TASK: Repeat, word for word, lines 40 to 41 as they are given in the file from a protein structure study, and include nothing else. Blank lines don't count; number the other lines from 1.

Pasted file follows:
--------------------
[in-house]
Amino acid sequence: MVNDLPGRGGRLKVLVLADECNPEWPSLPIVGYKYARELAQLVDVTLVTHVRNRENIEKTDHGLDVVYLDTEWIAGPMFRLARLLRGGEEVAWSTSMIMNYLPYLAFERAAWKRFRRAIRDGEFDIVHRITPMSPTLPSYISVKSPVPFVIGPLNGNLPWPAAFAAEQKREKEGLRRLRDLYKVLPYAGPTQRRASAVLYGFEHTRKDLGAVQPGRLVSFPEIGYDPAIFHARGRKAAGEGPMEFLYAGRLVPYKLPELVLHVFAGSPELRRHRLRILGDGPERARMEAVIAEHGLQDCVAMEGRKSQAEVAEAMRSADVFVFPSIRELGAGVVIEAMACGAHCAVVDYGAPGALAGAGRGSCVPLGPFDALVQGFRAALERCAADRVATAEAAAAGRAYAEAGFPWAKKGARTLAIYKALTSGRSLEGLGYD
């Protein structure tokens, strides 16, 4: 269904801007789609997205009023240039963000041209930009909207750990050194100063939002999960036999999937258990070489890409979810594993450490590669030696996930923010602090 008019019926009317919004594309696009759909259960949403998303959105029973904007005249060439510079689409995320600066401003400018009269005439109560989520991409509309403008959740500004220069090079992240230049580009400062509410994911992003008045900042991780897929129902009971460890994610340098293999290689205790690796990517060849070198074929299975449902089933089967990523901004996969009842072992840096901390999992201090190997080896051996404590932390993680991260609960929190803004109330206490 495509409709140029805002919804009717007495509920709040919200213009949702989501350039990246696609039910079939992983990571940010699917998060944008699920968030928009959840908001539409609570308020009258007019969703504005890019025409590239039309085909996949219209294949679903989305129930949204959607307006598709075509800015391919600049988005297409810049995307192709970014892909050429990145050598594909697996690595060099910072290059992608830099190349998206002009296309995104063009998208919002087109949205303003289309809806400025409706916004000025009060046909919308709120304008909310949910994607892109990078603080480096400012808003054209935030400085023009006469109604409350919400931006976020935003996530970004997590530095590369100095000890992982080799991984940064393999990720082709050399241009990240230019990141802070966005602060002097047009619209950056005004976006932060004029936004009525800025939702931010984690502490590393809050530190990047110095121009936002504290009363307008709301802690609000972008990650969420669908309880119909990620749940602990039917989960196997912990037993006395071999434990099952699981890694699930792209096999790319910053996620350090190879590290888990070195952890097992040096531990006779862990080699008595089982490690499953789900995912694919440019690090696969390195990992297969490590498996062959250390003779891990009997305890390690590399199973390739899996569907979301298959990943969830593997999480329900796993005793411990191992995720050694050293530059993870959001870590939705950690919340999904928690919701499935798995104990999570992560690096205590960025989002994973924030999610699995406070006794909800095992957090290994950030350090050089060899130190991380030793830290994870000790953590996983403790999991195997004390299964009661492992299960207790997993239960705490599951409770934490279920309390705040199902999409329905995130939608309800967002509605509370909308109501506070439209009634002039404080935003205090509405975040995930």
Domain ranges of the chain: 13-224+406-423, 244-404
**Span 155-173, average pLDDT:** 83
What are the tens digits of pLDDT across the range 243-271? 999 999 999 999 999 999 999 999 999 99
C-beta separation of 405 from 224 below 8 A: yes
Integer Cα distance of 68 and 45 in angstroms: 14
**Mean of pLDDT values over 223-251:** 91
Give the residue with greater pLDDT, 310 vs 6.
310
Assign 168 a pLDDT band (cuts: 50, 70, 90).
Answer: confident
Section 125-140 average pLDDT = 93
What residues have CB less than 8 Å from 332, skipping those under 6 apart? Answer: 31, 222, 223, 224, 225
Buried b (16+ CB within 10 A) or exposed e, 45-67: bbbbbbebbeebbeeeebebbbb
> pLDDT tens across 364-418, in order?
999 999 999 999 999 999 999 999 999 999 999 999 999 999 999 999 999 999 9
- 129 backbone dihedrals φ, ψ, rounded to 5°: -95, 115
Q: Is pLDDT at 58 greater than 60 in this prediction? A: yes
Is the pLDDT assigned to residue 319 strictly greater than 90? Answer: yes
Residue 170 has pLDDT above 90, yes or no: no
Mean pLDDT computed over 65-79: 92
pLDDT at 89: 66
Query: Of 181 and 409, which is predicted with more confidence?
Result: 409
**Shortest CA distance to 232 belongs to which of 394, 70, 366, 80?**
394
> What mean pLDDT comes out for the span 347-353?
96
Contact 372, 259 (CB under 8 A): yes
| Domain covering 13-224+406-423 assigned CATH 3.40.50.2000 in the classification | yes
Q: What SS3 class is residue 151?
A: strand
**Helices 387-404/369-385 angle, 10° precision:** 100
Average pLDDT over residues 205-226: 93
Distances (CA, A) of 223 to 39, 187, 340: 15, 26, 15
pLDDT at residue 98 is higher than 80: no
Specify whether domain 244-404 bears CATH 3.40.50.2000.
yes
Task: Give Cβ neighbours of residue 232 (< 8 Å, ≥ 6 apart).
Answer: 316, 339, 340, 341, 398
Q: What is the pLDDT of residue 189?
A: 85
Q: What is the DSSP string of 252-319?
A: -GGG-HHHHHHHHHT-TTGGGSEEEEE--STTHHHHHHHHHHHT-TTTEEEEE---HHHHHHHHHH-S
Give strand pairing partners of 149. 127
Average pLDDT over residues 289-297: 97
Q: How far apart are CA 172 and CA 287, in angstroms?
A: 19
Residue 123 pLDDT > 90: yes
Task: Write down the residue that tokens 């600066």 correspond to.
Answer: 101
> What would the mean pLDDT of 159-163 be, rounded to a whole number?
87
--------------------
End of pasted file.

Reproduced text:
yes
Task: Give Cβ neighbours of residue 232 (< 8 Å, ≥ 6 apart).